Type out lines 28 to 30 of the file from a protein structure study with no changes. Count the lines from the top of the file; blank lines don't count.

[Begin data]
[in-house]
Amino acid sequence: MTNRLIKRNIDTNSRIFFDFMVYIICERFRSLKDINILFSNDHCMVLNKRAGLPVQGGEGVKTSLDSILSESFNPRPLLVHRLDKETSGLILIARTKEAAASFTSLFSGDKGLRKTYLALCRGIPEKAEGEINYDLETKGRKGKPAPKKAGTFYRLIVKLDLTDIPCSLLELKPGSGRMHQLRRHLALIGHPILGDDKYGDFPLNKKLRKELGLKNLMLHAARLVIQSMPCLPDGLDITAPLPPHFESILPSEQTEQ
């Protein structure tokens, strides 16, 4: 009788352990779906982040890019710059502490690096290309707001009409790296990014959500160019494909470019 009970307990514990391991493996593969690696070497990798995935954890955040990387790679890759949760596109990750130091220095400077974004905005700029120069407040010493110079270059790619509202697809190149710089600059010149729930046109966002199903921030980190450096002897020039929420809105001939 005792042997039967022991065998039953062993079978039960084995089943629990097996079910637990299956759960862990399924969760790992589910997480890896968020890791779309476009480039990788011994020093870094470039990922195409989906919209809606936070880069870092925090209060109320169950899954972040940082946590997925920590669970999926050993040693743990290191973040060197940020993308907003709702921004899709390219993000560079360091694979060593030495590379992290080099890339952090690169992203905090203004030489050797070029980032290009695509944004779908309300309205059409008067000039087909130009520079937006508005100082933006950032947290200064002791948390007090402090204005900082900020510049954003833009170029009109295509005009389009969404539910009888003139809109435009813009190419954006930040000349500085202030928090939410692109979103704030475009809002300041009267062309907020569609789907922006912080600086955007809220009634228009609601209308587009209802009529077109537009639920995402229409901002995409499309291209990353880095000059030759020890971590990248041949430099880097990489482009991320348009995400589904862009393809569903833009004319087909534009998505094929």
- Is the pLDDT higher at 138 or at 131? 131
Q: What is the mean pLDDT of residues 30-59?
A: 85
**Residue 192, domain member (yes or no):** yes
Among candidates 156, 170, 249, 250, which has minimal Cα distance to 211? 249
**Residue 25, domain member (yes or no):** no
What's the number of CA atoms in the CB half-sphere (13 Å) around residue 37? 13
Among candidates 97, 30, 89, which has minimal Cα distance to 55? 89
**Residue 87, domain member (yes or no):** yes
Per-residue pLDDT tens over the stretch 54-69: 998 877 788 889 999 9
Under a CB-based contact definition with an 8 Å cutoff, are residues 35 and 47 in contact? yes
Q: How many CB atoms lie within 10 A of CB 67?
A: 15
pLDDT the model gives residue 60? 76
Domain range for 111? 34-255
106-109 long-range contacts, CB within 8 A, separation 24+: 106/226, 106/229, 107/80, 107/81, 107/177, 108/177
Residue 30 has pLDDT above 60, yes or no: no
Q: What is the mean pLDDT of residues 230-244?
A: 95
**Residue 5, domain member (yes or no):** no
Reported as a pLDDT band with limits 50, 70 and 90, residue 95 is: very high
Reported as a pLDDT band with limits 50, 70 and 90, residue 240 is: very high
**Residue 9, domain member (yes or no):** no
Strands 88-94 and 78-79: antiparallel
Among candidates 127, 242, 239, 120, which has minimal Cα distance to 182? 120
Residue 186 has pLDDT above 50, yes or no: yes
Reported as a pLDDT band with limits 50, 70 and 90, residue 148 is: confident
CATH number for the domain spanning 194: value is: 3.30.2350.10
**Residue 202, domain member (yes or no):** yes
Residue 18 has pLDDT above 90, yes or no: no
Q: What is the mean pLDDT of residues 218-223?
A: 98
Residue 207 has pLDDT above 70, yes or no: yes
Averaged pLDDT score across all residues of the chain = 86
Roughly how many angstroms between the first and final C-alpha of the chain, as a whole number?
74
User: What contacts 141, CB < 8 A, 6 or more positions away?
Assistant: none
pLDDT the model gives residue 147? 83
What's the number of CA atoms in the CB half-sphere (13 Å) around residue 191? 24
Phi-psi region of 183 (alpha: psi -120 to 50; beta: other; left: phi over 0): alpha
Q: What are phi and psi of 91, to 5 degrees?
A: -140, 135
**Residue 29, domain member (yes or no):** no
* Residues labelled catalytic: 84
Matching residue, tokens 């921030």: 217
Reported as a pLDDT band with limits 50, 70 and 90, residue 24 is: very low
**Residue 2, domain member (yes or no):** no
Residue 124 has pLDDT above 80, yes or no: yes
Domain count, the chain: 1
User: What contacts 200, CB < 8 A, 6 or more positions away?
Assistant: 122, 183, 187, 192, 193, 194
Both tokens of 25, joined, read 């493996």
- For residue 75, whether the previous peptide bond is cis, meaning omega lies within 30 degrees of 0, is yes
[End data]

Among candidates 127, 242, 239, 120, which has minimal Cα distance to 182? 120
Residue 186 has pLDDT above 50, yes or no: yes
Reported as a pLDDT band with limits 50, 70 and 90, residue 148 is: confident